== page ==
State Superintendent

WUNCPolitics Podcast
WUNC

A judge this week reversed a settlement between the UNC System and the Sons of Confederate Veterans, making the fate of the mangled Silent Sam statue again uncertain. 

The state superintendent, who's campaigning for lieutentant governor, blasted 540,000 text messages to parents and educators voicing his opposition to Common Core and soliciting responses to an online survey. 

And, Democratic presidential candidates Bernie Sanders and Michael Bloomberg returned to North Carolina as they're rising in the polls. 

Rob Schofield of the progressive NC Policy Watch and Becki Gray of the conservative John Locke Foundation process the developments. 


WUNCPolitics Podcast
WUNC

The state superintendent made a $928,000 emergency purchase that stoked the fight with the state board of education over what tool schools should be using to evaluate reading skills. 

A Democratic state senator who Republicans found both annoying and essential officially stepped down to join the state Utilities Commission.   

And presidential candidates Michael Bloomberg and Tom Steyer are spending millions on ads in North Carolina as Super Tuesday looms. 

Mitch Kokai of the John Locke Foundation and Rob Schofield of NC Policy Watch —  our political observers on the right and the left — assess the week's news. 


children reading
U.S. Navy / Wikimedia Commons

 

North Carolina's superintendent of public instruction is alleging that more than 70,000 third-grade students have been wrongly promoted since 2014 even though they did not meet mandated reading requirements.

Michelle Burton is a library media coordinator at an elementary school in Durham. On a normal day, she helps teachers and students with computers, manages the school library, and teaches students to use technology. One day last year, a box arrived unannounced. It was filled with bookmarks with State Superintendent Mark Johnson’s name prominently printed at the bottom.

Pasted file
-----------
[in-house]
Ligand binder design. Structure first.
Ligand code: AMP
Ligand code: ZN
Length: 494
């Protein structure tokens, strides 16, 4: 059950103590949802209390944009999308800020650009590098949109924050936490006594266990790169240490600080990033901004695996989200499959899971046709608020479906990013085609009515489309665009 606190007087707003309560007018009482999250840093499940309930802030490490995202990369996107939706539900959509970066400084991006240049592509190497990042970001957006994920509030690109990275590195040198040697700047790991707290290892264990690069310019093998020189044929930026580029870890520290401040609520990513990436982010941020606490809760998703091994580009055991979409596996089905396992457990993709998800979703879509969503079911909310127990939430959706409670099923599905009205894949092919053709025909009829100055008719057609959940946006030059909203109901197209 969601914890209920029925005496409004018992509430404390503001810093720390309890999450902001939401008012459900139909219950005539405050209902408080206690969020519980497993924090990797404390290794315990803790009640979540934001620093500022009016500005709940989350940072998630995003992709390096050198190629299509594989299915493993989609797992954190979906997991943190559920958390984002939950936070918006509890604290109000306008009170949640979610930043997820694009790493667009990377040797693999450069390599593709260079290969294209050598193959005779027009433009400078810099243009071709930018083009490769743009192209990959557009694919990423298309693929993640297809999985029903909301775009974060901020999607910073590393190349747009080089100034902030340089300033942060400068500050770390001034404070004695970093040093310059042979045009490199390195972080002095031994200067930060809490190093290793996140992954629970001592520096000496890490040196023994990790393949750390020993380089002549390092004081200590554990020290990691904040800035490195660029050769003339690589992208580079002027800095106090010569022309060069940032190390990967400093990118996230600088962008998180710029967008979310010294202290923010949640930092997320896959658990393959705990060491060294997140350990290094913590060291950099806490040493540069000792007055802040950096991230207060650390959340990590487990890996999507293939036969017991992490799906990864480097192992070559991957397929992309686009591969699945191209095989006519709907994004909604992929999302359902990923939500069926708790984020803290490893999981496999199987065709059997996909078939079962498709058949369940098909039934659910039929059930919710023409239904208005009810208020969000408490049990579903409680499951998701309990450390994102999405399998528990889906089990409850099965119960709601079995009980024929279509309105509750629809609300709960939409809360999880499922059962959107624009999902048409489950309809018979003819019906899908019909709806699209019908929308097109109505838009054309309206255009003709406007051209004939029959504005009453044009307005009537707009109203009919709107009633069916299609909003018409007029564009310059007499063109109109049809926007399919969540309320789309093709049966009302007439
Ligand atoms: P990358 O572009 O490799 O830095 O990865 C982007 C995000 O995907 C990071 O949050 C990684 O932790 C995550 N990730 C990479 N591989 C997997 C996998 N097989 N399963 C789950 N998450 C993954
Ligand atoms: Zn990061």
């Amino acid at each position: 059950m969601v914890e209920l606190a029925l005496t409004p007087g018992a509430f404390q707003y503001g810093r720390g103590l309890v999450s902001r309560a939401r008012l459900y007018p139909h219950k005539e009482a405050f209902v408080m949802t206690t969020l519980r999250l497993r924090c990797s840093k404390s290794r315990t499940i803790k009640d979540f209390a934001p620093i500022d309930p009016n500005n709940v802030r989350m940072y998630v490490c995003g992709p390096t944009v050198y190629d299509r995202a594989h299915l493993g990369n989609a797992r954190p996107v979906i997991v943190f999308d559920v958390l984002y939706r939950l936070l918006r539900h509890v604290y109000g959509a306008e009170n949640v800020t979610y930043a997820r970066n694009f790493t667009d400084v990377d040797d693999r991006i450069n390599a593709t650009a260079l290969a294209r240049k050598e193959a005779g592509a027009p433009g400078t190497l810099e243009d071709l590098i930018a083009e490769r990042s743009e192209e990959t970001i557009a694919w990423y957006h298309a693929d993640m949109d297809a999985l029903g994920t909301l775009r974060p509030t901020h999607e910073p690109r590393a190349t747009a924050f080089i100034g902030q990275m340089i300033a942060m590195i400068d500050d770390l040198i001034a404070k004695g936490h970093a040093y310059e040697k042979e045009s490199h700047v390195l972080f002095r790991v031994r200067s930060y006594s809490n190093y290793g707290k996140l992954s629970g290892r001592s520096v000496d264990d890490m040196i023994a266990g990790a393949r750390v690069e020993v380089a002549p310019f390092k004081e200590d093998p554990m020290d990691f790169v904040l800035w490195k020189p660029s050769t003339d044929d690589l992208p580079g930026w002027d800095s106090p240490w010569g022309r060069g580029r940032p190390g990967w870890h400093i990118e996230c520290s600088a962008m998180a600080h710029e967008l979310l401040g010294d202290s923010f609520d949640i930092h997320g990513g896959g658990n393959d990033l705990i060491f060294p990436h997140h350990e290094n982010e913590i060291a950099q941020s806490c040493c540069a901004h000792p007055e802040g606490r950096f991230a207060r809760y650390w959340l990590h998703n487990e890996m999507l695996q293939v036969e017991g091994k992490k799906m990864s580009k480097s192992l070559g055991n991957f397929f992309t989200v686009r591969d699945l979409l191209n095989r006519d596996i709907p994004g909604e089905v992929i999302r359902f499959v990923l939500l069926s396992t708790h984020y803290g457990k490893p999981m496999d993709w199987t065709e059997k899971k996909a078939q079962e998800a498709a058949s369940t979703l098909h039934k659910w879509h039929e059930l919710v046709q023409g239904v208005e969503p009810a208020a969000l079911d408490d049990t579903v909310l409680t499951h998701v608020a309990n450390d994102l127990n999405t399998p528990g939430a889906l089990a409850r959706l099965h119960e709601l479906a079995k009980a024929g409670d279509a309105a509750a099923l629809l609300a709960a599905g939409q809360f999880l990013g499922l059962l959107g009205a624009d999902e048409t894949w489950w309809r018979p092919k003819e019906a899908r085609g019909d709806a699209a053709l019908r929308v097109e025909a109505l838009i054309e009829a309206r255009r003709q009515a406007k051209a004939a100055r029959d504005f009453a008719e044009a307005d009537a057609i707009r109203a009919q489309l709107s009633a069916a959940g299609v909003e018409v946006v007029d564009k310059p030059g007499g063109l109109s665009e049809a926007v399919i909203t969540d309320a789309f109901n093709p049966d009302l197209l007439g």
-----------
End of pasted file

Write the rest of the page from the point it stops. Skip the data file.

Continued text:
Nchole Yeo / Flickr

State Superintendent Mark Johnson and the Department of Public Instruction are taking steps to reduce the amount of time North Carolina students spend taking standardized tests. Johnson says the moves are meant to help relieve stress on students.

State Board of Education Chairman Bill Cobey (center-right) listens while State Superintendent Mark Johnson gives his monthly address to the board.
Jess Clark / WUNC

Tension between State Superintendent Mark Johnson and the State Board of Education has not improved since the Supreme Court handed down its ruling in a case between the two. If anything, the tension is rising.

N.C. Supreme Court Building
Dave DeWitt / WUNC

The North Carolina Supreme Court will hear a case Wednesday over a power struggle between Republican State Superintendent Mark Johnson and the Republican-led State Board of Education. Shortly after Johnson's election in 2016, the General Assembly passed a law to shift powers from the governor-appointed board to the superintendent.

State Superintendent of Public Schools Mark Johnson
NC Public Schools

State Superintendent Mark Johnson's first months leading North Carolina Public Schools has been marked by a legal battle over just how much power his office should have.

It's a lawsuit that pits Republican against Republican.

Image of June Atkinson, who has been the North Carolina state superintendent since 2005.
North Carolina Democratic Party

June Atkinson has served as the state superintendent for almost a decade.

During her tenure there have been a number of significant changes to the state’s public education system, including the adoption of common core standards, the proliferation of charter schools, and continued debates about where education fits in the state budget.

Five candidates are running for the Republican nomination for State Superintendent. Dave DeWitt reports that the race will come down to the last days.

Dave DeWitt: The five candidates suffer from a bad case of poor name recognition. Richard Alexander, Mark Crawford, Ray Earnest Martin, John Tedesco and David Scholl are not well-known statewide.